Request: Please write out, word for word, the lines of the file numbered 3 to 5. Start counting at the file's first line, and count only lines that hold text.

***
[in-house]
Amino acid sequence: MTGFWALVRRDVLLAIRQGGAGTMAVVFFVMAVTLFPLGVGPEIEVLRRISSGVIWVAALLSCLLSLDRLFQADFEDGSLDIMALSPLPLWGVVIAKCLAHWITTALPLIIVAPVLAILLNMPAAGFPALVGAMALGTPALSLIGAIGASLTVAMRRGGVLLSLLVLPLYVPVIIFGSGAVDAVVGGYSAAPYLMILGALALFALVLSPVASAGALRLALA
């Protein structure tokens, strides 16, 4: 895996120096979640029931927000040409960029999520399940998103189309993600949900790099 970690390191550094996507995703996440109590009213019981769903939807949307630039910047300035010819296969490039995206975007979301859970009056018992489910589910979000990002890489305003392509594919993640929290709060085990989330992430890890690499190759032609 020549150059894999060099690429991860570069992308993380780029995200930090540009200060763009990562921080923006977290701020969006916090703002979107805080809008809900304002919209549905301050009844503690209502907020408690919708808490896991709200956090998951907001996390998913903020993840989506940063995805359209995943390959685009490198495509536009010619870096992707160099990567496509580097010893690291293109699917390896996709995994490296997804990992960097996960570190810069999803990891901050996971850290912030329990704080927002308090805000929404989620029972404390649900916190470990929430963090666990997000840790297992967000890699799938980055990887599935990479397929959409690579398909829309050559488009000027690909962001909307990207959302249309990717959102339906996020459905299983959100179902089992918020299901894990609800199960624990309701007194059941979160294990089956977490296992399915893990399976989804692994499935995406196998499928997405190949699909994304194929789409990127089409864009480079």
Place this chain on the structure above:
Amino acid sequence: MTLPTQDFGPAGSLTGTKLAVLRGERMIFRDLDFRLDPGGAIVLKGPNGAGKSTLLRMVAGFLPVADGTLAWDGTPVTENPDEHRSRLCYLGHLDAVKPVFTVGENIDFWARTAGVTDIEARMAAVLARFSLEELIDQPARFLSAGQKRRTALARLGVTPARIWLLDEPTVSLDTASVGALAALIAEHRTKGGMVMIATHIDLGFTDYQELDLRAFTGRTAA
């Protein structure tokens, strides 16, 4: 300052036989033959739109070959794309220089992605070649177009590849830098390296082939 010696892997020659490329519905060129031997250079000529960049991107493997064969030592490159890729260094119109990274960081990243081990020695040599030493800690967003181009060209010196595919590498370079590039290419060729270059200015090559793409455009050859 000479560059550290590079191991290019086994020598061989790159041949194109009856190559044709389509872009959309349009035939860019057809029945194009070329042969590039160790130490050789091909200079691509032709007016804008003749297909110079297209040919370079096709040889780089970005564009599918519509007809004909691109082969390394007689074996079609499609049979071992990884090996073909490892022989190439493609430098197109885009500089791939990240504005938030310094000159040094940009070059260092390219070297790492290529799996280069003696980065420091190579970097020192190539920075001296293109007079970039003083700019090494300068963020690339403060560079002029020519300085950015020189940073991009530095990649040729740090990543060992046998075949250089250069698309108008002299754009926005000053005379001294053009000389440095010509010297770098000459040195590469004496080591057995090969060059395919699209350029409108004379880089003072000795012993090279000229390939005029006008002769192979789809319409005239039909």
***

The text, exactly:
């Protein structure tokens, strides 16, 4: 895996120096979640029931927000040409960029999520399940998103189309993600949900790099 970690390191550094996507995703996440109590009213019981769903939807949307630039910047300035010819296969490039995206975007979301859970009056018992489910589910979000990002890489305003392509594919993640929290709060085990989330992430890890690499190759032609 020549150059894999060099690429991860570069992308993380780029995200930090540009200060763009990562921080923006977290701020969006916090703002979107805080809008809900304002919209549905301050009844503690209502907020408690919708808490896991709200956090998951907001996390998913903020993840989506940063995805359209995943390959685009490198495509536009010619870096992707160099990567496509580097010893690291293109699917390896996709995994490296997804990992960097996960570190810069999803990891901050996971850290912030329990704080927002308090805000929404989620029972404390649900916190470990929430963090666990997000840790297992967000890699799938980055990887599935990479397929959409690579398909829309050559488009000027690909962001909307990207959302249309990717959102339906996020459905299983959100179902089992918020299901894990609800199960624990309701007194059941979160294990089956977490296992399915893990399976989804692994499935995406196998499928997405190949699909994304194929789409990127089409864009480079």
Place this chain on the structure above:
Amino acid sequence: MTLPTQDFGPAGSLTGTKLAVLRGERMIFRDLDFRLDPGGAIVLKGPNGAGKSTLLRMVAGFLPVADGTLAWDGTPVTENPDEHRSRLCYLGHLDAVKPVFTVGENIDFWARTAGVTDIEARMAAVLARFSLEELIDQPARFLSAGQKRRTALARLGVTPARIWLLDEPTVSLDTASVGALAALIAEHRTKGGMVMIATHIDLGFTDYQELDLRAFTGRTAA